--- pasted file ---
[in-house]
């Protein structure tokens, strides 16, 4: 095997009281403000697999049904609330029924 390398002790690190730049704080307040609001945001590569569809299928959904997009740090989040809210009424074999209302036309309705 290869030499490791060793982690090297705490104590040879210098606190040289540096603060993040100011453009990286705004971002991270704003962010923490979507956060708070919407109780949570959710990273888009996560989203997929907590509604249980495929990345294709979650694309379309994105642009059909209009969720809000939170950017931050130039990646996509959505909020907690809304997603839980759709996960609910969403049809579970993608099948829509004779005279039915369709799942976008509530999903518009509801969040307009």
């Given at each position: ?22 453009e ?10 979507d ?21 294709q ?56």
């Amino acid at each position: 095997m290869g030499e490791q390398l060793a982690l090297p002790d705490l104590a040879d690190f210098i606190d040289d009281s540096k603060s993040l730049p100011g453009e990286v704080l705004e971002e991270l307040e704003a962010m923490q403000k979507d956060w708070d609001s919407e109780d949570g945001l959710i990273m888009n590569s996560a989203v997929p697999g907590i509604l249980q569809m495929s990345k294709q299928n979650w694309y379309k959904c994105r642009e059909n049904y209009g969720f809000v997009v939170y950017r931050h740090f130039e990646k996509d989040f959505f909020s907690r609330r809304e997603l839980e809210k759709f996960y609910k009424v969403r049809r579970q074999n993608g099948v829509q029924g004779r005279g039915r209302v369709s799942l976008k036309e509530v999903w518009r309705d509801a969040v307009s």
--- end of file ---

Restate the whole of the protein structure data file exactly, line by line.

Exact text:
[in-house]
């Protein structure tokens, strides 16, 4: 095997009281403000697999049904609330029924 390398002790690190730049704080307040609001945001590569569809299928959904997009740090989040809210009424074999209302036309309705 290869030499490791060793982690090297705490104590040879210098606190040289540096603060993040100011453009990286705004971002991270704003962010923490979507956060708070919407109780949570959710990273888009996560989203997929907590509604249980495929990345294709979650694309379309994105642009059909209009969720809000939170950017931050130039990646996509959505909020907690809304997603839980759709996960609910969403049809579970993608099948829509004779005279039915369709799942976008509530999903518009509801969040307009």
């Given at each position: ?22 453009e ?10 979507d ?21 294709q ?56």
């Amino acid at each position: 095997m290869g030499e490791q390398l060793a982690l090297p002790d705490l104590a040879d690190f210098i606190d040289d009281s540096k603060s993040l730049p100011g453009e990286v704080l705004e971002e991270l307040e704003a962010m923490q403000k979507d956060w708070d609001s919407e109780d949570g945001l959710i990273m888009n590569s996560a989203v997929p697999g907590i509604l249980q569809m495929s990345k294709q299928n979650w694309y379309k959904c994105r642009e059909n049904y209009g969720f809000v997009v939170y950017r931050h740090f130039e990646k996509d989040f959505f909020s907690r609330r809304e997603l839980e809210k759709f996960y609910k009424v969403r049809r579970q074999n993608g099948v829509q029924g004779r005279g039915r209302v369709s799942l976008k036309e509530v999903w518009r309705d509801a969040v307009s």